A Stockbroker, A Wager, And The Great Golf Marathon

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Eighty years ago, the “New York Journal” proclaimed James Smith Ferebee, a flamboyant 32-year old stockbroker from Chicago, the ‘Hercules of Golf’. Yet today, few fans and even golf historians know his name or what he did to earn that designation.

Towards the end of the Great Depression in 1938, Ferebee entered into a wager with his friend and business partner, Fred Tuerk, that he could play 8 rounds of golf (144 holes) in a single day at the Olympia Fields Country Club.

The Chicago native would have to walk or run between his shots and was only allowed 95 strokes for each 18-hole completion.  On the line was his half of the almost 300 acres of waterfront property in Virginia that the two friends co-owned.

Remarkably, Ferebee successfully finished off the club-swinging challenge and won the bet. 

Soon enough, the tale of the golf marathon spread and even Robert Ripley, whose “Believe It Or Not” radio program was the most popular show in America, invited Ferebee as his guest on the air.

In time, dozens of adventuresome Americans began playing their own day-long contests, though on courses far easier than Olympia Fields. But when the Chicago papers reported on a housewife who played 150 holes, Tuerk became convinced he’d been conned and sought another stake.

Ferebee was now goaded into a high-profile national challenge, sponsored by heating and air-conditioning magnate, Reuben Trane, who was seeking to advertise a new invention.

This time, the Midwesterner was invited to play 600 holes over four consecutive days and in eight different cities, starting in Los Angeles and ending on the East Coast in Long Island, N.Y.

Ferebee still had to walk and manage an 18-hole score card under 100, or he would lose the land.  If he succeeded, Tuerk would pay the mortgage on the property.  Trane’s sponsorship role? He rented an American Airlines plane that transported Ferebee from city to city.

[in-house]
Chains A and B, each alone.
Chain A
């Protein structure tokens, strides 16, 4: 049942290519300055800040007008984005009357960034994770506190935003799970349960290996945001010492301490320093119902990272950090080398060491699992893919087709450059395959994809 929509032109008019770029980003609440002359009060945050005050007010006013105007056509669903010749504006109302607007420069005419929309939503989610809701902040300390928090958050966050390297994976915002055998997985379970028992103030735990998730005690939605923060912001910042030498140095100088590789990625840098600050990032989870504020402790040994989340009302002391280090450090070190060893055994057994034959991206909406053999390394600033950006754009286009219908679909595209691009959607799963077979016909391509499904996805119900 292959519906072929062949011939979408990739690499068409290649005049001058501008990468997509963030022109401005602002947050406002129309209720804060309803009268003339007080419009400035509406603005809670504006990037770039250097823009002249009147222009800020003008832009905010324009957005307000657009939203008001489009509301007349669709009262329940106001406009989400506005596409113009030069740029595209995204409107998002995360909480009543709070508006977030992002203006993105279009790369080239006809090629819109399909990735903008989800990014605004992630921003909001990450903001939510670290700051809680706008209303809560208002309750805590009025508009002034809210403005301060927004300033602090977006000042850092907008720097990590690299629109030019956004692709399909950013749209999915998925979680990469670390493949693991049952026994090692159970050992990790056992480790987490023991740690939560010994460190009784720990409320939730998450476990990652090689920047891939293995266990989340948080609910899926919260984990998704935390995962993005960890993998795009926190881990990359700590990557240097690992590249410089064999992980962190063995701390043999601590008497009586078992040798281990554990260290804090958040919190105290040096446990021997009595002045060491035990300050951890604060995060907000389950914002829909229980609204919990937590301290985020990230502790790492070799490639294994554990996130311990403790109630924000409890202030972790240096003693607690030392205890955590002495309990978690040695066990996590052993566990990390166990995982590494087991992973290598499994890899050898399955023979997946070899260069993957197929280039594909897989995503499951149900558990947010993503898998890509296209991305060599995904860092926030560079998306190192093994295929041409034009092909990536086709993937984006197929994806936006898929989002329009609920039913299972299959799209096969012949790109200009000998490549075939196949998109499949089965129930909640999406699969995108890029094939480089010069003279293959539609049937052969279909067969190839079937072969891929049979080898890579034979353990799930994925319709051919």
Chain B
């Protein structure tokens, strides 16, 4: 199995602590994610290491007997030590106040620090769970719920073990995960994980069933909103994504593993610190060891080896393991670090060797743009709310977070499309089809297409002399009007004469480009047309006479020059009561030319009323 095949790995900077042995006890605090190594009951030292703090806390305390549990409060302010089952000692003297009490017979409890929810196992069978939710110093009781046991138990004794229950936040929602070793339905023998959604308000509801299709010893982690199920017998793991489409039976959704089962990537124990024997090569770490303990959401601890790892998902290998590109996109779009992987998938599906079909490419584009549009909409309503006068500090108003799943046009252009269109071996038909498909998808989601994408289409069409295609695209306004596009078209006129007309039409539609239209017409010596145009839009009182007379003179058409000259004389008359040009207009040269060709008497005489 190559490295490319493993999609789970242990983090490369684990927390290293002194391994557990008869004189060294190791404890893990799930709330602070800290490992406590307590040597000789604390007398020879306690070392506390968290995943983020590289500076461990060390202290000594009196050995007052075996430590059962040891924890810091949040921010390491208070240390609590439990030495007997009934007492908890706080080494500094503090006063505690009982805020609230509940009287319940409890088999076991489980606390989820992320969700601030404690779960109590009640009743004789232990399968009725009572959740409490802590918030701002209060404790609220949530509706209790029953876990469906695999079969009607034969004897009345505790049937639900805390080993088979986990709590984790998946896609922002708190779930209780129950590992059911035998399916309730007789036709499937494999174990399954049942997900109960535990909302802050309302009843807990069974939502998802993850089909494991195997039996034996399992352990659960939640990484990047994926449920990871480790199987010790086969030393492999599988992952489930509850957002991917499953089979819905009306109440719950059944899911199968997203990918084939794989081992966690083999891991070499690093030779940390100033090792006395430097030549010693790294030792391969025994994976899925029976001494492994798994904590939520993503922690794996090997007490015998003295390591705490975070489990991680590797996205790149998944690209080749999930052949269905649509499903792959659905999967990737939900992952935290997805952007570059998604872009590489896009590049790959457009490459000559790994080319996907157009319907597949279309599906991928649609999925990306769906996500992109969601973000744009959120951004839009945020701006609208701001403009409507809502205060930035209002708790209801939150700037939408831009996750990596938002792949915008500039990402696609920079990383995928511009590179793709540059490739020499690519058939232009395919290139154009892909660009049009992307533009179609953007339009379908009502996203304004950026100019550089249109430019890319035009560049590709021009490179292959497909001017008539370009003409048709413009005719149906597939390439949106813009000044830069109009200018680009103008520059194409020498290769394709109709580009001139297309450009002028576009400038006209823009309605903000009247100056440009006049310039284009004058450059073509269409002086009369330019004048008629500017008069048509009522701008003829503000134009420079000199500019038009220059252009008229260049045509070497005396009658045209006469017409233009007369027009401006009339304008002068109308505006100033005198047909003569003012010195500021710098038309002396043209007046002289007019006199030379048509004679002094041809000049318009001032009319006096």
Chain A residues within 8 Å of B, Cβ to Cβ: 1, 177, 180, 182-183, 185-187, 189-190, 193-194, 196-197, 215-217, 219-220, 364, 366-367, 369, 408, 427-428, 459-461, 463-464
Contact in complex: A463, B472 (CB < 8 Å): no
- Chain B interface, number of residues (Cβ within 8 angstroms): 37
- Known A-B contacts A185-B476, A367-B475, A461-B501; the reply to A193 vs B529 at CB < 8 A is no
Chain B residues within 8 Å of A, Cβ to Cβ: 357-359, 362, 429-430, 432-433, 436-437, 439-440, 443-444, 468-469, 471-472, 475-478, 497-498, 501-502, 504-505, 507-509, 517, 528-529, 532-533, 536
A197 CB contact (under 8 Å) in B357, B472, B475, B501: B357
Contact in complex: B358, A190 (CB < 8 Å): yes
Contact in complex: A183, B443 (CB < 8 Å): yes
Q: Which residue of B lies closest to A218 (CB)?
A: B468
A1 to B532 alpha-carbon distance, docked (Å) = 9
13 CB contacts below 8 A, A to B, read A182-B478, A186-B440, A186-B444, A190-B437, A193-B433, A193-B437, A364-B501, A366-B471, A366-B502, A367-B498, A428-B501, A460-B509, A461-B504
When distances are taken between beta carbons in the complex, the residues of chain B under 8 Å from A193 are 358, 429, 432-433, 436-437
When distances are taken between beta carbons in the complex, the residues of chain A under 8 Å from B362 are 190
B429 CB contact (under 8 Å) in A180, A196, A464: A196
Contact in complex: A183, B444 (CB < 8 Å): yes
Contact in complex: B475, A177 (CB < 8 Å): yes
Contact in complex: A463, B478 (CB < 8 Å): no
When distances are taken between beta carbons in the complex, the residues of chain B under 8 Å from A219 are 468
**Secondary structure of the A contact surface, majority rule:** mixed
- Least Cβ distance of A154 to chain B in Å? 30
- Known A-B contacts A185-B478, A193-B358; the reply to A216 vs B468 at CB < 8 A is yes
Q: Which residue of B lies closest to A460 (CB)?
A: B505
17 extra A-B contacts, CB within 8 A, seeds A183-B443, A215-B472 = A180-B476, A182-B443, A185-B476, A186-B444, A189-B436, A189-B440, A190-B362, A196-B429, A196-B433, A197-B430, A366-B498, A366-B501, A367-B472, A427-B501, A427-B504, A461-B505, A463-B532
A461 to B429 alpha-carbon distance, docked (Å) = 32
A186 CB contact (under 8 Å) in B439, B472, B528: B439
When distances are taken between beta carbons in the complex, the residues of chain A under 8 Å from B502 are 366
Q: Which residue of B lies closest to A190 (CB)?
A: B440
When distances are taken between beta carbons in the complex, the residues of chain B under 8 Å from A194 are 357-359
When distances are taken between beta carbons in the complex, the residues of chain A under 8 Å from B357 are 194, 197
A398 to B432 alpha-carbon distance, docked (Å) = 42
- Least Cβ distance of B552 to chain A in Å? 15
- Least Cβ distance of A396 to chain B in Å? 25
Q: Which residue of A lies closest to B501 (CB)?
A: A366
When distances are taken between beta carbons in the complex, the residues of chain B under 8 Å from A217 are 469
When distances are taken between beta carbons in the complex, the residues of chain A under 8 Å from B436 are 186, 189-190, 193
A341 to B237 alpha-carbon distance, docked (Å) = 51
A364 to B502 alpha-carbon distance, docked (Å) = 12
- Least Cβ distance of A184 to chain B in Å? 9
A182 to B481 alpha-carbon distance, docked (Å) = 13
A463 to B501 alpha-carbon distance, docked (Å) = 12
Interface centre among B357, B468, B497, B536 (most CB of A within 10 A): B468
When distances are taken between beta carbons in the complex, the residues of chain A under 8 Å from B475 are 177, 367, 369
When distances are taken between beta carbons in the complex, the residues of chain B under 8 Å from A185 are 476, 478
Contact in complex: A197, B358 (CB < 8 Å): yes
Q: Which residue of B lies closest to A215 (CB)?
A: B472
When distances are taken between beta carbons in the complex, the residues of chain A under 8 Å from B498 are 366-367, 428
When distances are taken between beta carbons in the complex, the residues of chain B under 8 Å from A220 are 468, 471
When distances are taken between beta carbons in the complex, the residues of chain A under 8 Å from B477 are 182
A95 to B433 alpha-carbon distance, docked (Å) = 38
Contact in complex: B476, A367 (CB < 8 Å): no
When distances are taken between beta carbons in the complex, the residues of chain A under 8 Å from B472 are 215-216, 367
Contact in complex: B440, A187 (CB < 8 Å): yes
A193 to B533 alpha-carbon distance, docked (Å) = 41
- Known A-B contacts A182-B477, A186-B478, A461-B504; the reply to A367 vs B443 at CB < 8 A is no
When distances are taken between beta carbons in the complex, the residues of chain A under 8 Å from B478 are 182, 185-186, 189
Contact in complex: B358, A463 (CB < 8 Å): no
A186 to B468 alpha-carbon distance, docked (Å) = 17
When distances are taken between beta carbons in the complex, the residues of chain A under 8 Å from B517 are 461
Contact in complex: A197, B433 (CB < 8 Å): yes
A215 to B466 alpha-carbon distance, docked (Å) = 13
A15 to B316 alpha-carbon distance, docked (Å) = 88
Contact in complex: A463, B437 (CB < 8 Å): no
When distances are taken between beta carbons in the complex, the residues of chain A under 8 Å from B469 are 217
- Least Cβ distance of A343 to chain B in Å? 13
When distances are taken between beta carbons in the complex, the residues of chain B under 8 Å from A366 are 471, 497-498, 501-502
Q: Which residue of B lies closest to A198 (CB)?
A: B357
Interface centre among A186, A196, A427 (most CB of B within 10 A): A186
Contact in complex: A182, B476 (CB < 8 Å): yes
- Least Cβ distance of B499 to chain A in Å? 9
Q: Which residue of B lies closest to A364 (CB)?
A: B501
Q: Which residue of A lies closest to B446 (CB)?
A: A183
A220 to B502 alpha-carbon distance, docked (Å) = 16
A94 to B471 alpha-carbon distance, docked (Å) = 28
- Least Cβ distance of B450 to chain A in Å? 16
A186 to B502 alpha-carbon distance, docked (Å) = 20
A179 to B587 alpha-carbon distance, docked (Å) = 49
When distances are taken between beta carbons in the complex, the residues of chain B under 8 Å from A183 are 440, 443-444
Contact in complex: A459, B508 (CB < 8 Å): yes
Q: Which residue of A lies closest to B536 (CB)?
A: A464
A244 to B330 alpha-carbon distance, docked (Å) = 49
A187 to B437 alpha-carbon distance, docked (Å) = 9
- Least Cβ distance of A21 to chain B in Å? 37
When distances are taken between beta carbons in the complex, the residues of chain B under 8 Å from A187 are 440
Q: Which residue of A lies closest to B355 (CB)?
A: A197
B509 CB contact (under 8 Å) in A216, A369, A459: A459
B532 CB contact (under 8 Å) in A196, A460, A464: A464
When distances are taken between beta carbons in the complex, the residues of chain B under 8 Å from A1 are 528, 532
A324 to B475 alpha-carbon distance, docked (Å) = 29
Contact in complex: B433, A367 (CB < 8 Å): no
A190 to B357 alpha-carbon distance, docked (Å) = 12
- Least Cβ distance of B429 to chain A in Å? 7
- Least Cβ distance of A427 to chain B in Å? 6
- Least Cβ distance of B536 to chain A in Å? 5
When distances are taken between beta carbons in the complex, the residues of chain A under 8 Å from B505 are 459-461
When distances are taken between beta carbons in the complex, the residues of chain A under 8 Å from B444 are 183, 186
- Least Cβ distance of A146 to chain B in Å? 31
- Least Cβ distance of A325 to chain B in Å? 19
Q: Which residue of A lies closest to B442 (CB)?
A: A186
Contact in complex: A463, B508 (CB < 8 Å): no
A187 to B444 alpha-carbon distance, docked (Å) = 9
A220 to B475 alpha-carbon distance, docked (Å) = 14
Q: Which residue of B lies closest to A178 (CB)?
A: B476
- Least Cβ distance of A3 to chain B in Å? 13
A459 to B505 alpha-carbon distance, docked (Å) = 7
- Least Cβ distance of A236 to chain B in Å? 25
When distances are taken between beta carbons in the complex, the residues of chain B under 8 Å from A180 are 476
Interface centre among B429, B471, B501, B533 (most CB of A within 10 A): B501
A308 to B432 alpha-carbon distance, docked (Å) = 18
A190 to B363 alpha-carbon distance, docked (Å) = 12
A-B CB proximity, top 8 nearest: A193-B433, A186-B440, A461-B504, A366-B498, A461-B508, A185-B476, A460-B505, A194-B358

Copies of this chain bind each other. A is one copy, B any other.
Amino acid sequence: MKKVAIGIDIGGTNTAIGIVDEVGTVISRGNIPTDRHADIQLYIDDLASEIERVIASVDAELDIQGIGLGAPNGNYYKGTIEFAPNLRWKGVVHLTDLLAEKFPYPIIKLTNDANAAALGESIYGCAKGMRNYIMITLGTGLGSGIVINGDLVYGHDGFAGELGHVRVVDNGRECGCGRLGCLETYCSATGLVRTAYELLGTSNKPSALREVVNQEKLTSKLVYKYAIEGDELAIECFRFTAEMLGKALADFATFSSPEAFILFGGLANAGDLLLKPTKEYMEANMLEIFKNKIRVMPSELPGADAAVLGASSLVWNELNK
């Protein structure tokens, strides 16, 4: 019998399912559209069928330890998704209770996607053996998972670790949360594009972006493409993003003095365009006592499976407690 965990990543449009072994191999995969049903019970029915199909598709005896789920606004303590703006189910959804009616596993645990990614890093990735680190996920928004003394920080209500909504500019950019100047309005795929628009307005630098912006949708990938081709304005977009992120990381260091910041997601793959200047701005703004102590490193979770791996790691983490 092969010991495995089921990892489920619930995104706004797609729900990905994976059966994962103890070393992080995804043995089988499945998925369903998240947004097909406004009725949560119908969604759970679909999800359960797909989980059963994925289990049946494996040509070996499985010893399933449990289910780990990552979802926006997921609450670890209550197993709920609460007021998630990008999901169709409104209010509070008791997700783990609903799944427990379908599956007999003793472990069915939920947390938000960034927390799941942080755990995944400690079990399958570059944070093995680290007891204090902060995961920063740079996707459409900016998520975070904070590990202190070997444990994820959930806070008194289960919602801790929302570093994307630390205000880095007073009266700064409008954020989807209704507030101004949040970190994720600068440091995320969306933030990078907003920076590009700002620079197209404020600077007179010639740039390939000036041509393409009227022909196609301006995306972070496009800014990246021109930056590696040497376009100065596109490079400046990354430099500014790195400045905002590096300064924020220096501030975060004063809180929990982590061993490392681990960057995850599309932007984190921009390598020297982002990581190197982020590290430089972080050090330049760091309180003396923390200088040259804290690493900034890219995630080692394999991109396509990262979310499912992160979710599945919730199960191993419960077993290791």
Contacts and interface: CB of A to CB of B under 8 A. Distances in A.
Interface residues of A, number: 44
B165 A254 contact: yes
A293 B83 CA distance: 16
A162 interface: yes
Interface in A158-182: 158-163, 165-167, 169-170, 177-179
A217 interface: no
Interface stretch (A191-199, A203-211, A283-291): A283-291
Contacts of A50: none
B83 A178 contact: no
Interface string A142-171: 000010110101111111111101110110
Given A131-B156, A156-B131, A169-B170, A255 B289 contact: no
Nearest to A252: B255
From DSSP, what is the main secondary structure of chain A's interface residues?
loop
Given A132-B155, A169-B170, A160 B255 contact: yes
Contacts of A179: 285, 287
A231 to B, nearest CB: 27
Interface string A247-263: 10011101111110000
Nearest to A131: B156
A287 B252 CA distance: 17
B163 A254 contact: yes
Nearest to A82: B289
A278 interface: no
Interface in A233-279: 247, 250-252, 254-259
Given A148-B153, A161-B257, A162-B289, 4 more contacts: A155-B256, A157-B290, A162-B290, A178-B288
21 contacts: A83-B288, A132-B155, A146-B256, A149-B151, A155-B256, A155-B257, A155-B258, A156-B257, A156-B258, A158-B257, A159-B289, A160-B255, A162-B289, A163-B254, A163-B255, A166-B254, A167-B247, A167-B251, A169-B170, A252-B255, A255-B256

Ferebee teed up on September 25, 1938, playing 84 holes at Lakeside Country Club in Burbank, California, and 81 holes at Encanto Golf Course in Phoenix.

On September 26, he completed 72 holes at Blue Hills CC in Kansas City and 72 holes at Norwood Hills CC in St. Louis.

On September 27, he turned in 75 holes at Tuckaway CC in Milwaukee and 72 holes at Olympia Fields, his home course.

Finally, on September 28, he sunk 72 holes at North Hills CC in Philadelphia, 72 holes at what is now the Eisenhower-Red course on Long Island and one makeshift hole in front of the Administration Building of the 1939 World’s Fair, for which he was paid $1,000.

Over the course of four days and nights, Ferebee took 2,858 shots, averaging 85.7 strokes per round.  He went through 40 pairs of socks, eight pairs of pants, eight golf gloves, and walked 182 miles.

The cross-country golfer began each day just after sunrise, and usually finished around 10 p.m.  Local fire departments dispatched trucks with spotlights to illuminate the way during his night rounds.  The clubs provided a total of 48 forecaddies to help him locate any errant shots.

In New York, Trane sent a groundskeeper to buy $100 worth of railroad flares, which the forecaddies used to line the fairways so Ferebee would have a target.

A 15-handicap who weighed just 160 pounds at the start, Ferebee lost 21 pounds over four days.

But of all the amazing statistics compiled, one stands out.

He didn’t lose a ball.

Jim Ducibella is the author of "King of Clubs: The Great Golf Marathon of 1938", which was selected the 2012 golf book of the year by the International Network Of Golf.  The book is available for sale on our site.   jducibel@gmail.com  linkedin.com/in/jimducibella 

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